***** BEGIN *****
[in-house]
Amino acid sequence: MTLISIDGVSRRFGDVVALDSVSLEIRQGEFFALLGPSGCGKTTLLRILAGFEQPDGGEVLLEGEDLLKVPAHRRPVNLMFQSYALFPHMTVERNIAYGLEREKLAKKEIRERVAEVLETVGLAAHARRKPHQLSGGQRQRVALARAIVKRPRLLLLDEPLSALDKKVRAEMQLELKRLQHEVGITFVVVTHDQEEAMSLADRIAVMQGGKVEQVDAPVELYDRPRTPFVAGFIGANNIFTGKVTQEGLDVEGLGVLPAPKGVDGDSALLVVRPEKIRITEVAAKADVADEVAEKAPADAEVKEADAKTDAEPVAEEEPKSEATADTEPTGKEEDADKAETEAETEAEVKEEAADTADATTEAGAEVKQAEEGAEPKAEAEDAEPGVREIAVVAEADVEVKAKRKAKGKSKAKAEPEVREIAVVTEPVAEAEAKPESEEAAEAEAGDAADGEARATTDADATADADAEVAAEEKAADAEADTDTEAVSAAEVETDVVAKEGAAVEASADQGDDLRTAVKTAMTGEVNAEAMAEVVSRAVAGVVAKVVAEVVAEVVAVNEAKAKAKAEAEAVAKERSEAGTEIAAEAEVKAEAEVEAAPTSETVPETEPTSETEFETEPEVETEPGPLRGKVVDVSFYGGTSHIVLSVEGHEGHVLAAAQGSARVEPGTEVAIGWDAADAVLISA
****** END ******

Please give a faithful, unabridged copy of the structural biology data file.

[in-house]
Amino acid sequence: MTLISIDGVSRRFGDVVALDSVSLEIRQGEFFALLGPSGCGKTTLLRILAGFEQPDGGEVLLEGEDLLKVPAHRRPVNLMFQSYALFPHMTVERNIAYGLEREKLAKKEIRERVAEVLETVGLAAHARRKPHQLSGGQRQRVALARAIVKRPRLLLLDEPLSALDKKVRAEMQLELKRLQHEVGITFVVVTHDQEEAMSLADRIAVMQGGKVEQVDAPVELYDRPRTPFVAGFIGANNIFTGKVTQEGLDVEGLGVLPAPKGVDGDSALLVVRPEKIRITEVAAKADVADEVAEKAPADAEVKEADAKTDAEPVAEEEPKSEATADTEPTGKEEDADKAETEAETEAEVKEEAADTADATTEAGAEVKQAEEGAEPKAEAEDAEPGVREIAVVAEADVEVKAKRKAKGKSKAKAEPEVREIAVVTEPVAEAEAKPESEEAAEAEAGDAADGEARATTDADATADADAEVAAEEKAADAEADTDTEAVSAAEVETDVVAKEGAAVEASADQGDDLRTAVKTAMTGEVNAEAMAEVVSRAVAGVVAKVVAEVVAEVVAVNEAKAKAKAEAEAVAKERSEAGTEIAAEAEVKAEAEVEAAPTSETVPETEPTSETEFETEPEVETEPGPLRGKVVDVSFYGGTSHIVLSVEGHEGHVLAAAQGSARVEPGTEVAIGWDAADAVLISA